Skip to content

Youth Sounding Boards

Programme Management Tool


One approach to youth engagement is to establish a youth sounding board (YSB), which is a consultative group with the purpose of providing ongoing input on selected policy, strategic and implementation issues. The composition and mandate of a YSB may vary from case to case. In the following, inspiration for setting up a YSB is provided.

The establishment of a YSB can benefit programme implementation in a number of areas. Operating with a YSB will, for example, provide the embassy with:

  • access to a group of youth representatives with whom the embassy can continuously or on an ad-hoc basis discuss and get a youth perspective on context and programme-related issues
  • an opportunity to better understand the target group and the particular challenges and needs of the youth
  • a platform for direct and possibly continuous youth consultation.

The YSB will furthermore:

  • provide their views on the design of programmes and ultimately create better programmes
  • safeguard and strengthen young people’s voice and perspective in relation to policy and programme formulation, implementation, monitoring and evaluation.

YSBs can be established at different stages and at different levels within a country programme, either as an overall mechanism or linked to a specific thematic programme or development engagement. Depending on the stage or programme level, composition and scope of the YSB mandate will vary.

An YSB established in the formulation phase can be set up with an open, explorative mandate, where the objective is to tap into the existing knowledge and experience of youth. A YSB established as part of the implementation may have a monitoring role and mainly address programme implementation issues, and it can also provide valuable input in the evaluation and closure of a programme or development engagement (DE). Likewise, a YSB established with a national perspective may address overall national policy context issues, whereas a YSB established to follow a specific DE may have a more limited scope.

Please note that it requires special efforts to select and gather the right people to be on the YSB, and it is important to be very clear about the purpose and terms, not to create unrealistic expectations among the YSB members.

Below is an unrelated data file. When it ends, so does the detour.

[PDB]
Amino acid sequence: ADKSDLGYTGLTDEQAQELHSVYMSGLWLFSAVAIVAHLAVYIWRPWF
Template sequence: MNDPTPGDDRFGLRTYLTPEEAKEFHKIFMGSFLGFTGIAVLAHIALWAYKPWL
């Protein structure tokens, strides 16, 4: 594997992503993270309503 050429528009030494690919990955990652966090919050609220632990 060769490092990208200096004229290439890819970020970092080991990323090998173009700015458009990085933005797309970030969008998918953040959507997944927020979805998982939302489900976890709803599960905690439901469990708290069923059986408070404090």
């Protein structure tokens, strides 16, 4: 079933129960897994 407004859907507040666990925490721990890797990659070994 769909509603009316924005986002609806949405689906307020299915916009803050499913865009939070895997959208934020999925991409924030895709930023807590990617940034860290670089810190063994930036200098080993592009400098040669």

How to Work with a Youth Sounding Board

During the design and planning, i.e. the formulation of a country policy, programme or development engagement, the YSB may provide youth-related information on the context; i.e. first-hand information on young people’s daily lives, their challenges and aspirations, and the gaps between young people’s needs and the available resources. The YSB can be established on an ad-hoc basis and the possibility of a later formalisation kept open.

During implementation and monitoring, the YSB will have a true sounding board role and may be involved in discussing activity plans, commenting on reports and mid-term review (MTR), and some youth members may be represented in monitoring visits and MTR.

At the end of a programme or development engagement, the YSB can provide youth perspective input and feedback on ToR and evaluation questions, as well as findings and recommendations.

The figure below demonstrates how listening to youth at different stages of the programme implementation cycle can provide valuable input to the work of embassies.


Establishing a YSB

If an embassy decides to operate with an YSB, the objectives and scope of the YSB, the specific tasks, selection of members and composition, as well as the frequency of meetings, possible cost coverage and remuneration etc. must be clearly defined.

Please refer to the Generic Terms of References

Further Reading on Youth Sounding Boards,


In case of questions, please contact the Ministry of Foreign Affairs’ Global Youth Advisor at [email protected]